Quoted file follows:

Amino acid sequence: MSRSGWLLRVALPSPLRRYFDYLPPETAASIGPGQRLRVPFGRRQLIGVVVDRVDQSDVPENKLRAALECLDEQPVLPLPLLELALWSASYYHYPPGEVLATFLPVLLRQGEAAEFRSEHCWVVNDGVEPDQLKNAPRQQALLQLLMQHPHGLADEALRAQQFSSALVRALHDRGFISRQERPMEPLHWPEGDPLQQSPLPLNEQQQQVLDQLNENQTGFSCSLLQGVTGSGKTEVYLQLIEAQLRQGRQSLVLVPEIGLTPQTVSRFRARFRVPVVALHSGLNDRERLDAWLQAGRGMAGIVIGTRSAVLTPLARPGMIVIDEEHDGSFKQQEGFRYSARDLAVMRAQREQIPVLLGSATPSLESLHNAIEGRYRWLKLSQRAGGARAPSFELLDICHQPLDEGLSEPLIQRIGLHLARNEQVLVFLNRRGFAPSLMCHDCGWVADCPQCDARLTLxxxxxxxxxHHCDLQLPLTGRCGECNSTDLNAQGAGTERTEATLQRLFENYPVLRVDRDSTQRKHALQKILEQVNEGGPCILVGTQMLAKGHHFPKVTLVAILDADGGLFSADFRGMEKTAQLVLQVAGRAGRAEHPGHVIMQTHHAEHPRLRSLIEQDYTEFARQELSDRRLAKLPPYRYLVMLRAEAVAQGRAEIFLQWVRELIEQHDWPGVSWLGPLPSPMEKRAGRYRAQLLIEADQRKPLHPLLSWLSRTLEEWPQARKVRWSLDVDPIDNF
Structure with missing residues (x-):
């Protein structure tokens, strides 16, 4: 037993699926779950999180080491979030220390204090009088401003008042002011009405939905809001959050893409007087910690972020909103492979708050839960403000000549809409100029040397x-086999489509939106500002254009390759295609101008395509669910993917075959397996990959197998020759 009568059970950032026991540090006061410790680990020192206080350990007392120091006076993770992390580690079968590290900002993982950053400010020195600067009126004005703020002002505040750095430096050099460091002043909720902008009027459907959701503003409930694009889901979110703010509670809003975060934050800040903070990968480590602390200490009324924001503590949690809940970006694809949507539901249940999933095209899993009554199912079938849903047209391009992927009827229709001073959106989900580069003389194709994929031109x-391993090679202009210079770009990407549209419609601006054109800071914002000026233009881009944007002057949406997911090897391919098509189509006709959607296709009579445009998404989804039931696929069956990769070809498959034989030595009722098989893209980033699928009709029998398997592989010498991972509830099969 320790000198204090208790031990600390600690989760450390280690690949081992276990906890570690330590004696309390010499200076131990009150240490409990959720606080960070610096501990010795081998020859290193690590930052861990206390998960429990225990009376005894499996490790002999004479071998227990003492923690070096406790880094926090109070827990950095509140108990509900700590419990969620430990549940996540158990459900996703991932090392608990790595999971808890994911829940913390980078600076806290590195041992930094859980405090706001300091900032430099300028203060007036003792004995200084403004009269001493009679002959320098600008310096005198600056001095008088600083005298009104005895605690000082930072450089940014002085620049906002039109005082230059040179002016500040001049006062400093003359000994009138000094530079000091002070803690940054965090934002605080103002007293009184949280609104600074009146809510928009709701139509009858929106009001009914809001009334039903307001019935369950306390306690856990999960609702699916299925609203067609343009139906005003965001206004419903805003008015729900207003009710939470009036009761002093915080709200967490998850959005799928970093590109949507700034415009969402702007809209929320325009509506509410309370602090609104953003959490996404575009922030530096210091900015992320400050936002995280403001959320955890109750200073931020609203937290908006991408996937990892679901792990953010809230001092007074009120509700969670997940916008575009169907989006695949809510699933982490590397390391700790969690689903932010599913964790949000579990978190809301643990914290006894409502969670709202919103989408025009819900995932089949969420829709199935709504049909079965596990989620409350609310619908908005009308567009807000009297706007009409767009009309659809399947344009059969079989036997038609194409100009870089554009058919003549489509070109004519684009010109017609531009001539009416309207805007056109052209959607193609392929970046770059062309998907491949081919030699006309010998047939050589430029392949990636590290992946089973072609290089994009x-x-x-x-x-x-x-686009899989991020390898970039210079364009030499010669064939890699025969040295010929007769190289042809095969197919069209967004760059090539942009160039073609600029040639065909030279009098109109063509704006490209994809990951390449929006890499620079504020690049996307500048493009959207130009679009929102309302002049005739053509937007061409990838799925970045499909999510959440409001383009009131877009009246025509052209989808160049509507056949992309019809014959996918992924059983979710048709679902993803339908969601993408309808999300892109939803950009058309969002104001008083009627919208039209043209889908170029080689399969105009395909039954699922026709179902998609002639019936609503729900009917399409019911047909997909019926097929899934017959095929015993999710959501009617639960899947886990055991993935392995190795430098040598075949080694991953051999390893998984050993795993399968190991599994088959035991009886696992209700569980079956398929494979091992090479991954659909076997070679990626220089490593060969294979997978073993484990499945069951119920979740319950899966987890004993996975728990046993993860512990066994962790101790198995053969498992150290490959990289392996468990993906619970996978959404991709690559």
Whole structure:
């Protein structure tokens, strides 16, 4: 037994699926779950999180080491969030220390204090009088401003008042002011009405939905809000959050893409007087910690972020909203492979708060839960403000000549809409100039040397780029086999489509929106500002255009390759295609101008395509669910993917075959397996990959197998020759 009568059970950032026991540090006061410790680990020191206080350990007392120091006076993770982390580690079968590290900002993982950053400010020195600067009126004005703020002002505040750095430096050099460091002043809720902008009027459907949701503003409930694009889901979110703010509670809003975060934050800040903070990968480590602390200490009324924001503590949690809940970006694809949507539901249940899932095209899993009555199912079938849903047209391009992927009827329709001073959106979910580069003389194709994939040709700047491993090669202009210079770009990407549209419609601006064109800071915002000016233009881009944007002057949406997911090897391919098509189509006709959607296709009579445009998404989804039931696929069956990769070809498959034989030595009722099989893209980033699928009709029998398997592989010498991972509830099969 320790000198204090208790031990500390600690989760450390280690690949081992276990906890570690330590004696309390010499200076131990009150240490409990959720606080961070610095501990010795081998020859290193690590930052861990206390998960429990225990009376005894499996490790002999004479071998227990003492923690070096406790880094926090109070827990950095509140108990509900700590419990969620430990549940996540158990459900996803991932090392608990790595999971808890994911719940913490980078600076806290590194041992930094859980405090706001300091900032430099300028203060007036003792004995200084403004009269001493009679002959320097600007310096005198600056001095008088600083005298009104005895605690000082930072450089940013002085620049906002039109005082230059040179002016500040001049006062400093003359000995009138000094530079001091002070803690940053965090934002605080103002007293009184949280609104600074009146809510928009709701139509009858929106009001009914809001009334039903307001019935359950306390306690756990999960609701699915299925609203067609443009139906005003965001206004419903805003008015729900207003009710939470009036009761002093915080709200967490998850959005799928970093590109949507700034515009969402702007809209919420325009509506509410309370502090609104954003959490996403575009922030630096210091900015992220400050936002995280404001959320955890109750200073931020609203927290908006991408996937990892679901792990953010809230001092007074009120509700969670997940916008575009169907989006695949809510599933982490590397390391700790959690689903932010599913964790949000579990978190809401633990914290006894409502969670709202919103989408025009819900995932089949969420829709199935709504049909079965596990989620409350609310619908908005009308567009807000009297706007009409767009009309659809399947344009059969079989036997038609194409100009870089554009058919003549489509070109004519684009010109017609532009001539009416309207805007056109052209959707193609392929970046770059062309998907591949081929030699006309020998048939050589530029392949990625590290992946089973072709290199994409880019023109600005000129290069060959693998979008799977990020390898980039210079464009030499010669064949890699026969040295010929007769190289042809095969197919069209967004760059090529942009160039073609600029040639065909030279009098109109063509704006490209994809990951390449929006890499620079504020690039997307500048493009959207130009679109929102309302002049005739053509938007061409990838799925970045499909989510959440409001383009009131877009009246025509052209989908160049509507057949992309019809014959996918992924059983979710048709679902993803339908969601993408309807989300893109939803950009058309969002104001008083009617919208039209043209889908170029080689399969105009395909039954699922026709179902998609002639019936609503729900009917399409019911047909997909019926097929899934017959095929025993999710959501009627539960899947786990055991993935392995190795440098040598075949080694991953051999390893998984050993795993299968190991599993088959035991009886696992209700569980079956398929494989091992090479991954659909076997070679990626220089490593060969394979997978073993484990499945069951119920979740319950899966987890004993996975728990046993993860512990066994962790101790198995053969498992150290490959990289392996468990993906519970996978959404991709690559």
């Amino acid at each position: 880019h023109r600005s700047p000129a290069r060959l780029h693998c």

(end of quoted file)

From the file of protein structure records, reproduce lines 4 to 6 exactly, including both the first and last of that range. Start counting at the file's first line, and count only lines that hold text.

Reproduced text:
Whole structure:
């Protein structure tokens, strides 16, 4: 037994699926779950999180080491969030220390204090009088401003008042002011009405939905809000959050893409007087910690972020909203492979708060839960403000000549809409100039040397780029086999489509929106500002255009390759295609101008395509669910993917075959397996990959197998020759 009568059970950032026991540090006061410790680990020191206080350990007392120091006076993770982390580690079968590290900002993982950053400010020195600067009126004005703020002002505040750095430096050099460091002043809720902008009027459907949701503003409930694009889901979110703010509670809003975060934050800040903070990968480590602390200490009324924001503590949690809940970006694809949507539901249940899932095209899993009555199912079938849903047209391009992927009827329709001073959106979910580069003389194709994939040709700047491993090669202009210079770009990407549209419609601006064109800071915002000016233009881009944007002057949406997911090897391919098509189509006709959607296709009579445009998404989804039931696929069956990769070809498959034989030595009722099989893209980033699928009709029998398997592989010498991972509830099969 320790000198204090208790031990500390600690989760450390280690690949081992276990906890570690330590004696309390010499200076131990009150240490409990959720606080961070610095501990010795081998020859290193690590930052861990206390998960429990225990009376005894499996490790002999004479071998227990003492923690070096406790880094926090109070827990950095509140108990509900700590419990969620430990549940996540158990459900996803991932090392608990790595999971808890994911719940913490980078600076806290590194041992930094859980405090706001300091900032430099300028203060007036003792004995200084403004009269001493009679002959320097600007310096005198600056001095008088600083005298009104005895605690000082930072450089940013002085620049906002039109005082230059040179002016500040001049006062400093003359000995009138000094530079001091002070803690940053965090934002605080103002007293009184949280609104600074009146809510928009709701139509009858929106009001009914809001009334039903307001019935359950306390306690756990999960609701699915299925609203067609443009139906005003965001206004419903805003008015729900207003009710939470009036009761002093915080709200967490998850959005799928970093590109949507700034515009969402702007809209919420325009509506509410309370502090609104954003959490996403575009922030630096210091900015992220400050936002995280404001959320955890109750200073931020609203927290908006991408996937990892679901792990953010809230001092007074009120509700969670997940916008575009169907989006695949809510599933982490590397390391700790959690689903932010599913964790949000579990978190809401633990914290006894409502969670709202919103989408025009819900995932089949969420829709199935709504049909079965596990989620409350609310619908908005009308567009807000009297706007009409767009009309659809399947344009059969079989036997038609194409100009870089554009058919003549489509070109004519684009010109017609532009001539009416309207805007056109052209959707193609392929970046770059062309998907591949081929030699006309020998048939050589530029392949990625590290992946089973072709290199994409880019023109600005000129290069060959693998979008799977990020390898980039210079464009030499010669064949890699026969040295010929007769190289042809095969197919069209967004760059090529942009160039073609600029040639065909030279009098109109063509704006490209994809990951390449929006890499620079504020690039997307500048493009959207130009679109929102309302002049005739053509938007061409990838799925970045499909989510959440409001383009009131877009009246025509052209989908160049509507057949992309019809014959996918992924059983979710048709679902993803339908969601993408309807989300893109939803950009058309969002104001008083009617919208039209043209889908170029080689399969105009395909039954699922026709179902998609002639019936609503729900009917399409019911047909997909019926097929899934017959095929025993999710959501009627539960899947786990055991993935392995190795440098040598075949080694991953051999390893998984050993795993299968190991599993088959035991009886696992209700569980079956398929494989091992090479991954659909076997070679990626220089490593060969394979997978073993484990499945069951119920979740319950899966987890004993996975728990046993993860512990066994962790101790198995053969498992150290490959990289392996468990993906519970996978959404991709690559």
């Amino acid at each position: 880019h023109r600005s700047p000129a290069r060959l780029h693998c």